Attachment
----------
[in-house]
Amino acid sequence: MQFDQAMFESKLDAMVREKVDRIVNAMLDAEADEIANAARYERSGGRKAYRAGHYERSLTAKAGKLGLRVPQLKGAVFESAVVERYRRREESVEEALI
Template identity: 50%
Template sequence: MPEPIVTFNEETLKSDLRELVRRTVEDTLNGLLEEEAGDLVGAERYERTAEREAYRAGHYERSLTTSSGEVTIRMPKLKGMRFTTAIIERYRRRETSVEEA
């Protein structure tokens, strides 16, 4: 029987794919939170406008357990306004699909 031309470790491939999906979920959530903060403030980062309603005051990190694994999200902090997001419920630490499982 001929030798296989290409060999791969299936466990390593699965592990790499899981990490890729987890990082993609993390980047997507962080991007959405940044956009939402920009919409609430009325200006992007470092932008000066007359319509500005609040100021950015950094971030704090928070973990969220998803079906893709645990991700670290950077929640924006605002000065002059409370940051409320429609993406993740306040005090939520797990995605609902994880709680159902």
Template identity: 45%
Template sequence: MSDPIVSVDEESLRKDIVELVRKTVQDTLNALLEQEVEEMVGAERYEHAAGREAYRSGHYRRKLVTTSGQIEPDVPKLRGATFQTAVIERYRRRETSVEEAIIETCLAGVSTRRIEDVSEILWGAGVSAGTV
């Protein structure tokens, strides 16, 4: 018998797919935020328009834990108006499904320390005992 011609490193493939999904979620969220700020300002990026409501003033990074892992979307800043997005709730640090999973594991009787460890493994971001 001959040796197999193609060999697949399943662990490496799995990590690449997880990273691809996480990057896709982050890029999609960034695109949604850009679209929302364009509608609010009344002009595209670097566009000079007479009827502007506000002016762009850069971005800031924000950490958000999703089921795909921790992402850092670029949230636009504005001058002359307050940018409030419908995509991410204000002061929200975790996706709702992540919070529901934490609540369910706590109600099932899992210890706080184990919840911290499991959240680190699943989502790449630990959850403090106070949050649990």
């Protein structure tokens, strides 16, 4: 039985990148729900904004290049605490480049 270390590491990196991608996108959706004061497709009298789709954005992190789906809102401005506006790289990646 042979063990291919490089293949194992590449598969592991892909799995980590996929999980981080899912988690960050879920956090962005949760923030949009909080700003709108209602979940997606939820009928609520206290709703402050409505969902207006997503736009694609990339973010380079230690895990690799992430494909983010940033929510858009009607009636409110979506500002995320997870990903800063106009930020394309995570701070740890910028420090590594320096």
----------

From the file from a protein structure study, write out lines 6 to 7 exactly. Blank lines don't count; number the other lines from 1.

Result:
Template identity: 45%
Template sequence: MSDPIVSVDEESLRKDIVELVRKTVQDTLNALLEQEVEEMVGAERYEHAAGREAYRSGHYRRKLVTTSGQIEPDVPKLRGATFQTAVIERYRRRETSVEEAIIETCLAGVSTRRIEDVSEILWGAGVSAGTV